About TxPEP

The Texas Policy Evaluation Project (TxPEP) is a five-year, comprehensive effort to document and analyze the impact of the measures affecting reproductive health passed by the 82nd and 83rd Texas Legislatures. The project team includes researchers from The University of Texas at Austin’s Population Research Center; Advancing New Standards in Reproductive Health (ANSIRH) at the University of California, San Francisco; Ibis Reproductive Health; and the University of Alabama-Birmingham.

The release of this research comes just days after the U.S. Supreme Court announced that it will hear a challenge to a 2013 Texas law — House Bill 2 — that imposes onerous and medically unnecessary restrictions on health care clinics that provide abortion services. Since the passage of HB 2, the number of abortion clinics in Texas has dropped from 41 to 19. Fully implementing the law would lead to the closure of half of the remaining abortion clinics across the state.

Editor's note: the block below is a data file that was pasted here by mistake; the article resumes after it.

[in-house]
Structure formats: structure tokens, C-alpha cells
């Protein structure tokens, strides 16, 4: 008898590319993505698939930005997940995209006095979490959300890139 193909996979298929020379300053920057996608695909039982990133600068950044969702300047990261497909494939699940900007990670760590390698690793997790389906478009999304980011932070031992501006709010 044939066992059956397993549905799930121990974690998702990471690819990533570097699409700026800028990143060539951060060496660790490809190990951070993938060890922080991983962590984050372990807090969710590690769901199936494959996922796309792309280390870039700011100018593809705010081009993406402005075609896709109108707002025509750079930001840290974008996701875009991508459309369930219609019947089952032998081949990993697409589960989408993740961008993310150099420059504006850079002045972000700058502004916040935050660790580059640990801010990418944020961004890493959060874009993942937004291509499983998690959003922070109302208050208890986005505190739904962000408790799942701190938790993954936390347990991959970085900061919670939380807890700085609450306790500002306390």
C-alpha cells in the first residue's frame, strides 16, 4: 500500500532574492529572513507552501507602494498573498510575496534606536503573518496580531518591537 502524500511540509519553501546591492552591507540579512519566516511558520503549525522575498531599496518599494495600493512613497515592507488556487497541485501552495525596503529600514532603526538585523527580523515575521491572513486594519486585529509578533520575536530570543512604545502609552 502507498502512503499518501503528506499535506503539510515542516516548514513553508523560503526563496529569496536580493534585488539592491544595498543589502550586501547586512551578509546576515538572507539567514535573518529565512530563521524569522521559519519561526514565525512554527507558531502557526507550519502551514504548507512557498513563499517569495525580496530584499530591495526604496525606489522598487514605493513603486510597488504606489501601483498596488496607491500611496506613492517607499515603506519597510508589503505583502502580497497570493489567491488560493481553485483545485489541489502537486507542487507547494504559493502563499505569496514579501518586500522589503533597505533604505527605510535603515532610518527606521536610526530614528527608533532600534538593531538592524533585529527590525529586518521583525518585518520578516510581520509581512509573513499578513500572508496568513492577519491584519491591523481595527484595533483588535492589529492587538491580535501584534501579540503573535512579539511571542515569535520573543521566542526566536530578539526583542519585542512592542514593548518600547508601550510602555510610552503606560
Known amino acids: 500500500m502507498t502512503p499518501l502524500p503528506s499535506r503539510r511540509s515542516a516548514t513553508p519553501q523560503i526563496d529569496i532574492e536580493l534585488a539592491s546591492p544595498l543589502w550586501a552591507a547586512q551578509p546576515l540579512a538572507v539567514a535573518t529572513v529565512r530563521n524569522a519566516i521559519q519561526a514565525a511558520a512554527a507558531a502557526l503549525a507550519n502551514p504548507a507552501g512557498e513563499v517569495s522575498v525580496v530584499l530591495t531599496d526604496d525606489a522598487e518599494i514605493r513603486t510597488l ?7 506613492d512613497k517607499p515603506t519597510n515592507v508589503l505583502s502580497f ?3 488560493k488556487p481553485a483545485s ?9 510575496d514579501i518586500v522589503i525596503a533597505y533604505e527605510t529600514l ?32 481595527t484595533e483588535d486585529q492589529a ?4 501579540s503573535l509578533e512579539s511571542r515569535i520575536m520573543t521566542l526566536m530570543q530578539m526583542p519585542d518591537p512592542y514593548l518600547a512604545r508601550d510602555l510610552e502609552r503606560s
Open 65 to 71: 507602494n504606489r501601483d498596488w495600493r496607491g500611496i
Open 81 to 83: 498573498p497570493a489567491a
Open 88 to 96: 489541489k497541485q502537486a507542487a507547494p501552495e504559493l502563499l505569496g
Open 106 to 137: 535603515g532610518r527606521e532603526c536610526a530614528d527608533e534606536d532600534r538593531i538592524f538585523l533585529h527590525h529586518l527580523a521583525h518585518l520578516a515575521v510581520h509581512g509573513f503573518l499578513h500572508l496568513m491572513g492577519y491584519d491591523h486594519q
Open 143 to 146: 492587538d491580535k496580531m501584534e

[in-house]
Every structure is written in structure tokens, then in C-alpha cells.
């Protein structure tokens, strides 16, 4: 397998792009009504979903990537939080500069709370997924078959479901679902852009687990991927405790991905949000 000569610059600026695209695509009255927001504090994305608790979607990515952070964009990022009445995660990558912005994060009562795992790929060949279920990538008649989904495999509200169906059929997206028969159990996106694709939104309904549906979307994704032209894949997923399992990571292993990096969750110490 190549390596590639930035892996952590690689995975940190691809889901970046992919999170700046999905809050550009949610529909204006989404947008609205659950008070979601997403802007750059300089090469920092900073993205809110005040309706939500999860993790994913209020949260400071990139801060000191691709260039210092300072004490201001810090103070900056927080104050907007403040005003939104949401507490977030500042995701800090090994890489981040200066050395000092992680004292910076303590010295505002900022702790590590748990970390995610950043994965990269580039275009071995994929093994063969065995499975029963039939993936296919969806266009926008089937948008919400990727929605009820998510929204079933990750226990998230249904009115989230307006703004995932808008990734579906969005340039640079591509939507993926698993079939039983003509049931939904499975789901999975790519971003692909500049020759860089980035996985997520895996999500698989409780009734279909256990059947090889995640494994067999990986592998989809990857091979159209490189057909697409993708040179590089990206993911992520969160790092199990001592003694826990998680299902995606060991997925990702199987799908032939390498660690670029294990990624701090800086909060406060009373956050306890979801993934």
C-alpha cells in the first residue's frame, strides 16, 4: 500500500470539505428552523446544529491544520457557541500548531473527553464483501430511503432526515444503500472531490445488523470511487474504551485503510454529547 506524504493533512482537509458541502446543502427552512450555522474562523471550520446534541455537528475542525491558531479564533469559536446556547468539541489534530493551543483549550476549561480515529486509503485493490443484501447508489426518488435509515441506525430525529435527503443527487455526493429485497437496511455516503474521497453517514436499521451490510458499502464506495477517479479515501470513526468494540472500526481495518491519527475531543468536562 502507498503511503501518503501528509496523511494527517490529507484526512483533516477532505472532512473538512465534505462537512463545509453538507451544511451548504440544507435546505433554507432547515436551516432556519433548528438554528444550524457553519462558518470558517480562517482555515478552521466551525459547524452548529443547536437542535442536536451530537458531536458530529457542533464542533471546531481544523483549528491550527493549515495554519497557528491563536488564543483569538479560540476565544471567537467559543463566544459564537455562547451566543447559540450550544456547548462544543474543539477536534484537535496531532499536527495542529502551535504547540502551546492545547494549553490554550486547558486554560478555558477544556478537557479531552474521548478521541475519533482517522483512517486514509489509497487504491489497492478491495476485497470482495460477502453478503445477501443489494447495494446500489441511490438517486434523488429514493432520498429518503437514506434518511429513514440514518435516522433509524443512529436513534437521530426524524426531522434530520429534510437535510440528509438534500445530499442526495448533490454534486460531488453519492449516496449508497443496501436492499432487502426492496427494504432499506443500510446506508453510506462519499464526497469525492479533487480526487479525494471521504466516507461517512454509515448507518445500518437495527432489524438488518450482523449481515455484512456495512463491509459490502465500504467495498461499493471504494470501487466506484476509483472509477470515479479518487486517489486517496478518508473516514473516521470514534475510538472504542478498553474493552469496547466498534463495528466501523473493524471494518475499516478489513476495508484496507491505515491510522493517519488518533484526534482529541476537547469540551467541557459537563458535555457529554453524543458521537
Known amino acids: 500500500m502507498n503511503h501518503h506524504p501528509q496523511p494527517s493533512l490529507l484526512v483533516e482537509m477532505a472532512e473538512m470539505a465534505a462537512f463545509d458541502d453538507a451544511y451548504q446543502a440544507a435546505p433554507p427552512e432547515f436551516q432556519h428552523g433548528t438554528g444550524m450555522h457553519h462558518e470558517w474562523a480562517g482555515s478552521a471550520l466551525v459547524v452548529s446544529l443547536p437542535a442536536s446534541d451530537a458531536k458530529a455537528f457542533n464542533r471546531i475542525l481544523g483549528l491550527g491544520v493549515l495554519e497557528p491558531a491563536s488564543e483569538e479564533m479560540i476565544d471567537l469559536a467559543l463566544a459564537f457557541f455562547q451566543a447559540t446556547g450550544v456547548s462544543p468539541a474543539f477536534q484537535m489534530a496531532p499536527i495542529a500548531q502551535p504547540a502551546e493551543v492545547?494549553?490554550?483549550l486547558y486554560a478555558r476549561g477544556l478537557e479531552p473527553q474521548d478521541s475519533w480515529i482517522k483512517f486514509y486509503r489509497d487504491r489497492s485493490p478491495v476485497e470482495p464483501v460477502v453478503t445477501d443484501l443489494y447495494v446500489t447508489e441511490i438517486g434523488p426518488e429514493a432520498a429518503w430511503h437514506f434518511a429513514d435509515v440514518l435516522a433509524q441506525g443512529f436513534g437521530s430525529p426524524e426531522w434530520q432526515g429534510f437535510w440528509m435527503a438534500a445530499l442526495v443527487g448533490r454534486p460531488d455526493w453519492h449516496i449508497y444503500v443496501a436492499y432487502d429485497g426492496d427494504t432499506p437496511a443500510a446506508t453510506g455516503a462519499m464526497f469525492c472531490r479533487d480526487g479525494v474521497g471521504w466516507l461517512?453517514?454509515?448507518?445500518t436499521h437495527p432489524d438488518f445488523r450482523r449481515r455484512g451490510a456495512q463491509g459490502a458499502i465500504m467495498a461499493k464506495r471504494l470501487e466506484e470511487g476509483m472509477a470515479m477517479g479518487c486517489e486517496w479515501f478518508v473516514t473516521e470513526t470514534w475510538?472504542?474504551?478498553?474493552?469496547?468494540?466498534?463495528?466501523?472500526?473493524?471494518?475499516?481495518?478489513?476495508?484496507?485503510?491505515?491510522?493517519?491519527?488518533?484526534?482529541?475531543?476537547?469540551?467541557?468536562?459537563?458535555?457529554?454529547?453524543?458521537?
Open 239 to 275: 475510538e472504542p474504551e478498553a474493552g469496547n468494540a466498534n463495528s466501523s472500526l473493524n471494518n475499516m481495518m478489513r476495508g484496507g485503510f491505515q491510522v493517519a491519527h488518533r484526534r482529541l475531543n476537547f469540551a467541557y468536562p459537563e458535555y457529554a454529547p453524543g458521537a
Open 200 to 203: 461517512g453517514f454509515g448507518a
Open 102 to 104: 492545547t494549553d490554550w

Medical experts have pointed out repeatedly that the restrictions in HB 2 are medically unnecessary. Supporters of that law and other anti-abortion measures passed by state lawmakers have boasted that they are trying to end women’s access to abortion care in Texas.

Posted in abortion, TFNEF | 23 Comments

Engaging Religious Difference

We asked Tiffany Tuett, founder and director of the Institute for Diversity and Civic Life, to write a blog post about a special workshop next week in Austin about how religious leaders and activists from diverse faith communities can work together despite religious differences.


Community leaders and activists working across religious difference want to mobilize the strengths of diverse communities to affect positive social change. At its best, interfaith engagement can foster a more just and inclusive society where diverse individuals and communities feel seen, heard, and valued. However, even those working with the best intentions can stumble on cross-cultural challenges and misunderstandings. Effective work with diverse religious communities requires more than just understanding different religious beliefs and customs. It requires an awareness of the social context in which diverse religions exist and the dynamics of power and privilege that are always present in interfaith encounters.